Personal Service Establishments and your health – Submitted

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Human beings like to be unique. We choose different looks and styles for our clothes, our homes, and in many cases our hair and bodies. And when it comes to altering physical appearance, it is often done through the services of a Personal Service Establishment – or what an Environmental Health Officer refers to as a “PSE”. PSEs can range from barber shops and tanning salons, to tattoo parlors and body piercing establishments. Environmental Health Officers (EHOs) work with these establishments to ensure a safe and clean environment for their clients.
In Northern Health, the frequency we inspect PSEs  is based on the invasiveness of the procedures offered. For instance, a tattoo parlour or a piercing establishment where the procedures enter the skin, would be inspected more often than a facility that only offers tanning services or hair styling.
During PSE inspections, EHOs are looking for things like an adequate supply of water, good separation of clean and dirty tools, proper sanitizers, proper sterilizing procedures and the use of single-use-only implements where appropriate or required. These elements demonstrate that the operator of any type of facility is making every effort to reduce or eliminate potential health hazards.
When choosing a personal service establishment to give your business to, there are things you should always be on the lookout for:
·         Cleanliness – If a facility is not clean to the naked eye it may indicate instruments are also not being cleaned properly
·         Handsinks – There should be a handsink with soap and paper towel nearby and anyone performing a service should wash their hands before beginning any work
Before undergoing a more invasive procedure like piercing, tattooing, waxing or a manicure there are some questions you might ask of the service provider:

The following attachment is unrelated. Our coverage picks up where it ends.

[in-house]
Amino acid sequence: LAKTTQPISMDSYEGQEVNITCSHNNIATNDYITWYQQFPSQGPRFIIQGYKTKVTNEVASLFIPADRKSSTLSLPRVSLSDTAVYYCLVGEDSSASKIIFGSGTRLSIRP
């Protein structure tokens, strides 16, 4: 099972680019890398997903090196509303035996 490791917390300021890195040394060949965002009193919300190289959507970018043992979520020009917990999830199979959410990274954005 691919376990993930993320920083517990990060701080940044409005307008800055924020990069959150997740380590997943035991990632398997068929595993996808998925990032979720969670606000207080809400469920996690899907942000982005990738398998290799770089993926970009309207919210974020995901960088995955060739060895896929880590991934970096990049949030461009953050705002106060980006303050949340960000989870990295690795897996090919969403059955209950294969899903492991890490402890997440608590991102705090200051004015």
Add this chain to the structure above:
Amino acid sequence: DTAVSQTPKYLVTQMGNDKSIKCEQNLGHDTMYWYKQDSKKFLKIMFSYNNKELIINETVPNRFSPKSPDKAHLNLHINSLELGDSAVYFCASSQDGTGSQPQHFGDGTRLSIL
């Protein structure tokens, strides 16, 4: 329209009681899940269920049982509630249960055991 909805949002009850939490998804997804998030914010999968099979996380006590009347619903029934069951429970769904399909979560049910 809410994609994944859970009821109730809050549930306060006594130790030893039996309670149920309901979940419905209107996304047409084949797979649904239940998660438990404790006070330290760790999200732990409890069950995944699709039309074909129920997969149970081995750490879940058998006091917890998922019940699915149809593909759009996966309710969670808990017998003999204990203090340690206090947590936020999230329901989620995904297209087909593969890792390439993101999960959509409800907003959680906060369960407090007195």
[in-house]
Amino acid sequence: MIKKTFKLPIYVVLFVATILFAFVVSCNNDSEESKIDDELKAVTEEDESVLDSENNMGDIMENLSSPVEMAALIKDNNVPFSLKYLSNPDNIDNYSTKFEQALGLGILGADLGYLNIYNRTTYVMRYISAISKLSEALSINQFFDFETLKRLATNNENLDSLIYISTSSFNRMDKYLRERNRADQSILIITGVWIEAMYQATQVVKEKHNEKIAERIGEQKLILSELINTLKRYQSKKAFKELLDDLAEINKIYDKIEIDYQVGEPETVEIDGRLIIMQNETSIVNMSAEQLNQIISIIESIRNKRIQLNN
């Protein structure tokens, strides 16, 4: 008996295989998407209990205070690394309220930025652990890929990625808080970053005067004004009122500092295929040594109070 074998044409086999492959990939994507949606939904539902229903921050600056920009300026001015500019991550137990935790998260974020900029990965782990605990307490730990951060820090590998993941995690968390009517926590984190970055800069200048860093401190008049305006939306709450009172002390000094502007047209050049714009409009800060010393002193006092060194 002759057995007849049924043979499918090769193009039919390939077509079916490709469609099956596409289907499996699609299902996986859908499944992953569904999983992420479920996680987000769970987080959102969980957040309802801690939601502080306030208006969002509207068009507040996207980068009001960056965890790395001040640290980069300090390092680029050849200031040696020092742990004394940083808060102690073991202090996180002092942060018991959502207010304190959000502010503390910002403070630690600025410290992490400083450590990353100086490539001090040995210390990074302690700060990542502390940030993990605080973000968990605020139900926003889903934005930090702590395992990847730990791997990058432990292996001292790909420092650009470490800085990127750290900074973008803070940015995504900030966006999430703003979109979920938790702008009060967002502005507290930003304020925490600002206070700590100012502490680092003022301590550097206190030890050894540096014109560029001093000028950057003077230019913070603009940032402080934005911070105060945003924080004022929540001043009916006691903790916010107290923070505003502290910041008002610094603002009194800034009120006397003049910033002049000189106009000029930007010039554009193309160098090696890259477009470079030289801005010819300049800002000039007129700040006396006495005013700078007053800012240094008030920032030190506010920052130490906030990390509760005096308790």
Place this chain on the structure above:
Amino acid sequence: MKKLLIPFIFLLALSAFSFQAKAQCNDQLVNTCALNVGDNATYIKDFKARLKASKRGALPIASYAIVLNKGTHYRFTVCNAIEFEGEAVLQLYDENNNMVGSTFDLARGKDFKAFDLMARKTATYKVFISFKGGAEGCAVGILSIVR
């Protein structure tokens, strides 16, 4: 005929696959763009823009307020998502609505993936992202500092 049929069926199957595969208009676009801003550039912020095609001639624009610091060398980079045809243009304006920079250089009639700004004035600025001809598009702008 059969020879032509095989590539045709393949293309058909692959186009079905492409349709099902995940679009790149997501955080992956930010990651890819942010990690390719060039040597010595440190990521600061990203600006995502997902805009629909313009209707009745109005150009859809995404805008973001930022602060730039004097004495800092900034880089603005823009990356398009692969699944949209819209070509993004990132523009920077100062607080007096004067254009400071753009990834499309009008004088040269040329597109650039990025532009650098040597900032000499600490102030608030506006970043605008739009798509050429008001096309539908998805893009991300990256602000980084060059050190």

Has the facility been inspected?
Does the facility have written sanitation procedures?
What risks are associated with the procedure, and how does the facility minimize or eliminate those risks.
What after care will be necessary? (You should receive verbal or written instructions on how to care for things like a new tattoo or piercing.)
How are instruments sanitized/sterilized? Does the establishment use single-use instruments from sterile packaging?  Is an autoclave used, and has it been tested recently for bacterial growth?
Are any needles single-use? (All needles, ink and other materials that cannot be properly sanitized must only be used on one client, then discarded.)
How will your skin be prepared for the procedure? Will it be properly cleaned and disinfected, or even shaved before a procedure begins?
When you make an appointment, prepare yourself with some knowledge; know what is supposed to happen and ask questions. If you visit a facility and have concerns about the cleanliness or safety of the operation, notify your local Environmental Health Officer. An inspection will be made and any health concerns noted will be corrected. And if you ever feel you have acquired an infection from any procedure, consult a doctor immediately.

Sarah Nicklason

Environmental Health Officer

Northern Health

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